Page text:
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Vancouver design guru Jennifer Scott shares power smart tips and proves energy efficient is not style kryptonite
Vancouver-based home stylist Jennifer Scott (a confessed lover of the incandescent 60-watt bulb) took to the stage at last month’s Vancouver Home and Design Show to tell homeowners that they can have it all: going green doesn’t mean you have to sacrifice style.
“I wanted to think about ways to get people kind of excited or interested in energy efficiency.”
Looking at the main areas that complete the style of the home — appliances and hard materials (like fridges and floors), lighting, colour and furniture — Scott shared her energy-efficient design secrets for combining beautiful style and aesthetics that don’t necessarily “read as green at first.”
Click through for energy-saving style tips
According to the design guru, ceramic tile ends up being much more durable than porcelain tile over its lifespan. The key is to get the treated version called an “active tile,” shared Scott.
“It removes 99 per cent of bacteria on the tiles and it also prevents bacteria from growing, so it makes it really effective in places like kitchens, bathtub surrounds and showers.”
RECYCLED MARBLE TILE
Another of Scott’s recommendations is 100 per cent recycled marble tiles. “I really like this because I’m really seeing sort of a return to glamour and high-end finishes in homes, moving a little bit away from the concretes and more into the prettier stones.”
RECYCLED GLASS TILE
Glass tiles are great, but ones made from 100 per cent recycled glass are better. The product take glass from windshields or commercial windows and turns them into really pretty tiles, said the designer. “So again, it’s just a way to go for the same look you may have been looking for but to take a different approach to it.”
100% RECYCLED PLASTIC TILE
“This is another wall tile that I really like. It’s 100 per cent recycled plastic, and it comes in just monochromatic white, but there are all kinds of different textures.”
“You can use them as little features or you can cover the whole wall,” said Scott. “So because they’re plastic, they would be fine to use as a backsplash either in a kitchen or a bathroom. But in a living room or a playroom, you could do a whole wall and get a really cool effect from them.”
“A lot of people have been using cork in their homes, but as a floor application,” said Scott. “It’s durable, renewable and it’s soft underfoot. You can also use it in these amazing wall tiles.”
“I have a client who had an area [in her kitchen] that when the fridge opened, it would bang into the walls and it was scuffing up her drywall and around her bar. So we brought in this product because it’s soft and resilient, so when you bump into it or drop something into it, it bounces back. The other good thing about cork is that it adds a lot of warmth, it’s sort of an insulator, and it’s going to cut sound.”
“People use reclaimed wood for a lot of things… not just on floors. You can also do wall panels or backsplash features with reclaimed wood and it ends up being a very green process because you’re taking something that would otherwise be chucked away and you’re just bringing it into your home.”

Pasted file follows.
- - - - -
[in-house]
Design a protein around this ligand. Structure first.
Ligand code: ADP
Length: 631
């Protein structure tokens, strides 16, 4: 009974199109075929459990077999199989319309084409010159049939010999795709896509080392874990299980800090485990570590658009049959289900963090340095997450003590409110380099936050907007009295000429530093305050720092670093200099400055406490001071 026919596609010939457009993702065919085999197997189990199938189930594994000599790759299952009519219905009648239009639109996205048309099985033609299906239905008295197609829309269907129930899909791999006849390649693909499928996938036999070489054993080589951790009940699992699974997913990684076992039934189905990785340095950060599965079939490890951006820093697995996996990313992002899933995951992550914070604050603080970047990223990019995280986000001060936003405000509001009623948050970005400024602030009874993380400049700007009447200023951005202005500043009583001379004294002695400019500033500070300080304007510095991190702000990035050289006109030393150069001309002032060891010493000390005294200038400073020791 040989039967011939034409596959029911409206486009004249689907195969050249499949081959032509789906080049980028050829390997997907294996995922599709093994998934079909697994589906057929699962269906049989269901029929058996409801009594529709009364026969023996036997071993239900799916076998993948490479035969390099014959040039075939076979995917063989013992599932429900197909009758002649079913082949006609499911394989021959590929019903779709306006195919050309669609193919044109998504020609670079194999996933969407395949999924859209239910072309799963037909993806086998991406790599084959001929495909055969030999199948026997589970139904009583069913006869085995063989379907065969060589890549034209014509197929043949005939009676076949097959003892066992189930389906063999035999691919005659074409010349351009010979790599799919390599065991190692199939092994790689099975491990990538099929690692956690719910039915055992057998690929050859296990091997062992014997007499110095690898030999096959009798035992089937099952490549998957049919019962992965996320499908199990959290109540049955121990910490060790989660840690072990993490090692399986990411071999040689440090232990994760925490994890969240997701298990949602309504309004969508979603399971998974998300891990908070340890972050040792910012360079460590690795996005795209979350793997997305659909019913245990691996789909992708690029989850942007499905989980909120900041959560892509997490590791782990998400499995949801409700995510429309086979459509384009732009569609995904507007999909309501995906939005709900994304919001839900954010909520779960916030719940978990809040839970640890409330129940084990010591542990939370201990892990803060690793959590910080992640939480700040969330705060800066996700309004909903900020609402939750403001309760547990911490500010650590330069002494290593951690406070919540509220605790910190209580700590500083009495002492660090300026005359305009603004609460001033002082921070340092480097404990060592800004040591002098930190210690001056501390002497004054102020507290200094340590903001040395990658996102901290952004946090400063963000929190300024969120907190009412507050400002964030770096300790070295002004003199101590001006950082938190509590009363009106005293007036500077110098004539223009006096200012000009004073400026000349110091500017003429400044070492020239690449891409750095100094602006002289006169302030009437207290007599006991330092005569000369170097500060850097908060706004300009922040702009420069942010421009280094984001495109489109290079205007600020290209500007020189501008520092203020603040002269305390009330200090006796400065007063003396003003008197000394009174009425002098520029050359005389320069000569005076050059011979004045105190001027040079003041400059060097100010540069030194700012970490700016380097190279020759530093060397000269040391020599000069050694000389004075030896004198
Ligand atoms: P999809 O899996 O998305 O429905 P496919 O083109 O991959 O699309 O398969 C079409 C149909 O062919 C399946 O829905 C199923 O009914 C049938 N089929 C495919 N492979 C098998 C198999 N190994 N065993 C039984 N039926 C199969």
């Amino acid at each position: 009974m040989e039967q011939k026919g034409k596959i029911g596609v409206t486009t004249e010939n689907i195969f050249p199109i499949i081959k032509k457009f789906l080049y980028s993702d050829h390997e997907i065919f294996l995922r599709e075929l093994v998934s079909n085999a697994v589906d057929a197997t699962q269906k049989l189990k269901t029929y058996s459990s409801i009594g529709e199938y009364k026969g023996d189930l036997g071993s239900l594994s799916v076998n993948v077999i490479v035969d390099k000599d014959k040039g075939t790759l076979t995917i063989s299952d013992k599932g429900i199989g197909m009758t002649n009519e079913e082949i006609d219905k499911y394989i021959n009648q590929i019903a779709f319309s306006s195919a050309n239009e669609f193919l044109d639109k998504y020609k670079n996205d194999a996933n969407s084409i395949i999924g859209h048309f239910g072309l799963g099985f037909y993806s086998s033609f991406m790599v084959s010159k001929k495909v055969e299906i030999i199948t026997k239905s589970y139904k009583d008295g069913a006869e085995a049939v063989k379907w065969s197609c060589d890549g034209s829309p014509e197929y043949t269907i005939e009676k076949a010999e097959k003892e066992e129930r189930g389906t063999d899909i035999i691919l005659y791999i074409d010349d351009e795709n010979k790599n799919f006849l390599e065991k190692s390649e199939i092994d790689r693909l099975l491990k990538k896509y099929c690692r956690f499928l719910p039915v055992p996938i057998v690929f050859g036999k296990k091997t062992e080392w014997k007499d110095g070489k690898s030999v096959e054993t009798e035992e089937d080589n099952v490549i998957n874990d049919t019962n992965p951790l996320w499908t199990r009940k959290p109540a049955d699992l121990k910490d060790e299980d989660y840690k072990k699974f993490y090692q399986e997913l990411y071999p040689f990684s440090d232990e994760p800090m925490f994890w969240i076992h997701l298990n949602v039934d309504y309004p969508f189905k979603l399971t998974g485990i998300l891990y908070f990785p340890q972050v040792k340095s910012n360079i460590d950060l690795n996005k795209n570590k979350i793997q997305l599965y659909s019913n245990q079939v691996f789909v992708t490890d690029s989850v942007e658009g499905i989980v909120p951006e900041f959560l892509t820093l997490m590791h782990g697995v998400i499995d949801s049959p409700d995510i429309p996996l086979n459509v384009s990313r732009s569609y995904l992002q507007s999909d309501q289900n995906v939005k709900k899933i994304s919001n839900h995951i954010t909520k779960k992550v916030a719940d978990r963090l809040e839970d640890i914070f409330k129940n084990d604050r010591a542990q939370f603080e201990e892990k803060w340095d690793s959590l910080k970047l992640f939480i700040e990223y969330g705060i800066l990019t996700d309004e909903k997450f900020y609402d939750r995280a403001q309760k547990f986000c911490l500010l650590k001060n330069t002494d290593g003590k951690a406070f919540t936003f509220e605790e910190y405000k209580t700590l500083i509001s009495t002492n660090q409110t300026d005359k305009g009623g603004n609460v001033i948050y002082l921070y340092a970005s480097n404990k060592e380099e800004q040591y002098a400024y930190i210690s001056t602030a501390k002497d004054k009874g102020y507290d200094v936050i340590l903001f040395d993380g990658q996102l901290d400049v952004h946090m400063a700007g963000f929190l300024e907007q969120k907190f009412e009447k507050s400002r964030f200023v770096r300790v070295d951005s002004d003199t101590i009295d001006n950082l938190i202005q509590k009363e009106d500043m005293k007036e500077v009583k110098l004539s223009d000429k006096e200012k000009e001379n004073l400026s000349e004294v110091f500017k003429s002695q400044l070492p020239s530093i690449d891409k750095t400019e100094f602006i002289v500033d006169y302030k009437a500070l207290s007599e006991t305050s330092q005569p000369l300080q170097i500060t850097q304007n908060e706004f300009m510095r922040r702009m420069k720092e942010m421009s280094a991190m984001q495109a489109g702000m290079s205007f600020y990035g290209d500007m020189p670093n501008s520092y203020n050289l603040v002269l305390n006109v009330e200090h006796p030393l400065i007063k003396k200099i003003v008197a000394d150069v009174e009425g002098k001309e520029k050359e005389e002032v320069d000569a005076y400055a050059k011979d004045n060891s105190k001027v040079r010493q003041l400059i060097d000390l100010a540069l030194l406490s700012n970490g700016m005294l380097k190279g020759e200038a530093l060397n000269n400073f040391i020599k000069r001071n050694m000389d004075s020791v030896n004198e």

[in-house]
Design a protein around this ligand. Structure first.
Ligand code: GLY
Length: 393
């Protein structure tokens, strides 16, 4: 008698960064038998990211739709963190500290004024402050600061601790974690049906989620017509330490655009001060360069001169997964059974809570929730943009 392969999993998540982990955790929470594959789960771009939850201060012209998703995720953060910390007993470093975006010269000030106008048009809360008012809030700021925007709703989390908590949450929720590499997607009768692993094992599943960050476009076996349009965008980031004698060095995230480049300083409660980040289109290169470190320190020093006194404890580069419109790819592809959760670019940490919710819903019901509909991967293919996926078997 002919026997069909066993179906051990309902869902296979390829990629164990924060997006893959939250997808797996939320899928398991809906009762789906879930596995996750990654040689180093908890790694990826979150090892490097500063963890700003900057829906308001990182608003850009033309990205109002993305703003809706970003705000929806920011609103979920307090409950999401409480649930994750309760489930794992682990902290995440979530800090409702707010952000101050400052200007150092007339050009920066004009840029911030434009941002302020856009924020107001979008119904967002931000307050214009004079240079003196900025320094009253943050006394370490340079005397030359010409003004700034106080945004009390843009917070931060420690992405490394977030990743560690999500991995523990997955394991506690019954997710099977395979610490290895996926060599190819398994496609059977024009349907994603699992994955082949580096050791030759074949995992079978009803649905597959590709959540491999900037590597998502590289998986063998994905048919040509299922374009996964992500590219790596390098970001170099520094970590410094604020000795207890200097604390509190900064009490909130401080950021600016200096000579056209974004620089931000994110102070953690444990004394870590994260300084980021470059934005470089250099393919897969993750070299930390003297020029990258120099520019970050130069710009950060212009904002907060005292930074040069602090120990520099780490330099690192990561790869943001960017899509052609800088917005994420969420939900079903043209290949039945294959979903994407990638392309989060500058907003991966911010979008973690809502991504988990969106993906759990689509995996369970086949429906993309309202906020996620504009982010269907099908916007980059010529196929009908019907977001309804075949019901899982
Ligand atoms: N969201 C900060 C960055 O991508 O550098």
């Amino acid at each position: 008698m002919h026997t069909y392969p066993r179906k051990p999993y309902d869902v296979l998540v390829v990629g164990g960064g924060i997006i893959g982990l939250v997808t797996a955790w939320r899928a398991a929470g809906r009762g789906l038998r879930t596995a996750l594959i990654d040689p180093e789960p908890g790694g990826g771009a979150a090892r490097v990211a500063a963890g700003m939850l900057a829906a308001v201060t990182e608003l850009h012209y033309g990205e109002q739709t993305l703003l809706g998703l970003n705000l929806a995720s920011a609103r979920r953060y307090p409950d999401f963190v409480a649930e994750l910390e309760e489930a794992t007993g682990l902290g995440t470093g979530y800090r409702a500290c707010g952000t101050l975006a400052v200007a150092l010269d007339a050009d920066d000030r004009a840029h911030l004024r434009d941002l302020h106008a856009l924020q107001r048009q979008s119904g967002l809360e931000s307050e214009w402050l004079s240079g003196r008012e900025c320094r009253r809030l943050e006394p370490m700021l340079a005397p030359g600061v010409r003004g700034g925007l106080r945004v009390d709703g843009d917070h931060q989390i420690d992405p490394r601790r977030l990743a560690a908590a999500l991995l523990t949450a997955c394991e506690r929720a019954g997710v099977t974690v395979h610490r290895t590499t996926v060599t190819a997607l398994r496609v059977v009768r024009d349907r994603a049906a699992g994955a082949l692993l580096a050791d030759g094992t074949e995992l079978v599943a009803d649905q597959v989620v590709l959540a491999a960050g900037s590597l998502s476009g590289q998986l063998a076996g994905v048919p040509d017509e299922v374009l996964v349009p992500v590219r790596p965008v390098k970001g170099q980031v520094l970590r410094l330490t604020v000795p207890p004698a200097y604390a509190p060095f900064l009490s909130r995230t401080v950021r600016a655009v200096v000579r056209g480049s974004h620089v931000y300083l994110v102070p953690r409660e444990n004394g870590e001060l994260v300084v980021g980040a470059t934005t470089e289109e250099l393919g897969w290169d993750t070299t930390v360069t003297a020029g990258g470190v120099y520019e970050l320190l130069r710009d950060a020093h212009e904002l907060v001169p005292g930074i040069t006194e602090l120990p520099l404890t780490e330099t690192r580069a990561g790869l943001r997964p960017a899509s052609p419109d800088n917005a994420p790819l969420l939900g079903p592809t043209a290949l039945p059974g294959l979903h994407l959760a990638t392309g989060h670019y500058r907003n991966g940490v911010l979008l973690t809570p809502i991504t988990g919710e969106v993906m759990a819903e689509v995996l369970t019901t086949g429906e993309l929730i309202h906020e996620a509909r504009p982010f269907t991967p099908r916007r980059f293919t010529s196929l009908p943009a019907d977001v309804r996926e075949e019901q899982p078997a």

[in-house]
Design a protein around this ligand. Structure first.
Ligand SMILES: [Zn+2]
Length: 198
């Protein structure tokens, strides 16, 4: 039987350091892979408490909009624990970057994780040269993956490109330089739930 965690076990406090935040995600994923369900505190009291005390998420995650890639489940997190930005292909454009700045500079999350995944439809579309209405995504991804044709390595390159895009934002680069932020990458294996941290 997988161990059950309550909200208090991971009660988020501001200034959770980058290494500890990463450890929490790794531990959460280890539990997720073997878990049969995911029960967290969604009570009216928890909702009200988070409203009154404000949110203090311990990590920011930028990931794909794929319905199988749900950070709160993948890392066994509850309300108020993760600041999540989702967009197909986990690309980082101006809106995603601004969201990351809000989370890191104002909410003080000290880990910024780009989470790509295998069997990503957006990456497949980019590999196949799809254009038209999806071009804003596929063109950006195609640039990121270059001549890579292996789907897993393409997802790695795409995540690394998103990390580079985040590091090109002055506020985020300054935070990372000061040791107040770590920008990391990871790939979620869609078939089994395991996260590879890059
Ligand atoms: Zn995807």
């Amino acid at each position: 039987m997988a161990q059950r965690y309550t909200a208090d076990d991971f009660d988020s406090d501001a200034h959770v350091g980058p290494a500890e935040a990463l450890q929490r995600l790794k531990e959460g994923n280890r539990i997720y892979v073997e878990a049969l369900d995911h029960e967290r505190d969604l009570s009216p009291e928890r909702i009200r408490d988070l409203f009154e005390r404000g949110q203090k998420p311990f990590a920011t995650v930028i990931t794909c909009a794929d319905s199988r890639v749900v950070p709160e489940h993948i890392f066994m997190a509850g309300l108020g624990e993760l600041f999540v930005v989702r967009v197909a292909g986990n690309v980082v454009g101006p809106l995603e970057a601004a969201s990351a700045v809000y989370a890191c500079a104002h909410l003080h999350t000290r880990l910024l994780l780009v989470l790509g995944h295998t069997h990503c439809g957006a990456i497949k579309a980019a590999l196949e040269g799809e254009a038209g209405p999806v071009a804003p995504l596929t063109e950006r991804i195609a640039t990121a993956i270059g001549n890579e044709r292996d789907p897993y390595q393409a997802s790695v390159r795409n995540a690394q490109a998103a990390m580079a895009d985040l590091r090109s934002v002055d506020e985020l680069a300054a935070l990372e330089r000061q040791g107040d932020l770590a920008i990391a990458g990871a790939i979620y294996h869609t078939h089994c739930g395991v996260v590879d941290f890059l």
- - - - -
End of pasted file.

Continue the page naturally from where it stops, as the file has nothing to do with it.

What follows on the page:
“It adds a lot of warmth and a lot of character. You’re going to get a lot of different colour variations — it’s usually darker from being weathered.” But you can sand it down and stain it to any shade that suits your house, explained Scott.
“When you start to look at ENERGY STAR rated or energy-efficient appliances, they’re a comparable price point when you purchase them, they’re similar in design and they’re great on quality, but long-term they’re going to be saving you money.”
Scott said an energy-efficient dishwasher or washer can save up to 40 per cent of your water use every time you run it, so at the end of the month that’s going to be a massive savings on your bill.
“The two main frontrunners for efficient bulbs are your compact florescents (CFLs) and your LEDs,” explained Scott.
“Personally, I’m a fan of LEDs. When they’re in the space, I honestly can’t tell they’re an energy-efficient bulb so that says a lot coming from someone who’s a big fan of the old school non-energy-efficient ways. They give a nice light and it looks really natural.”
According to BC Hydro’s Power Smart team, painting your walls in whites and light greys reflects more light and is therefore the most energy efficient because you’ll need fewer lights to illuminate the space.
The good news is that on the style front, white rooms are also in fashion.
But if stark white rooms are a bit daunting for people with pets, kids or a klutzy streak, Scott suggested mixing different shades of whites and having the ivories and off-whites all play happily together. More natural tones offer more flexibility, explained the designer, allowing for the inclusion of natural woods and linens with everything falling into the same sort of colour category.
STYLE TIP: White-on-white rooms give homeowners the opportunity to highlight one item, such as a sofa, by making it a different colour than the rest of the monochromatic room.
If you want to bring in more colour, you can still keep those bright white walls, but bring in colourful accessories, artwork, furnishings and fixtures and the room will read as a really colourful room, suggested Scott.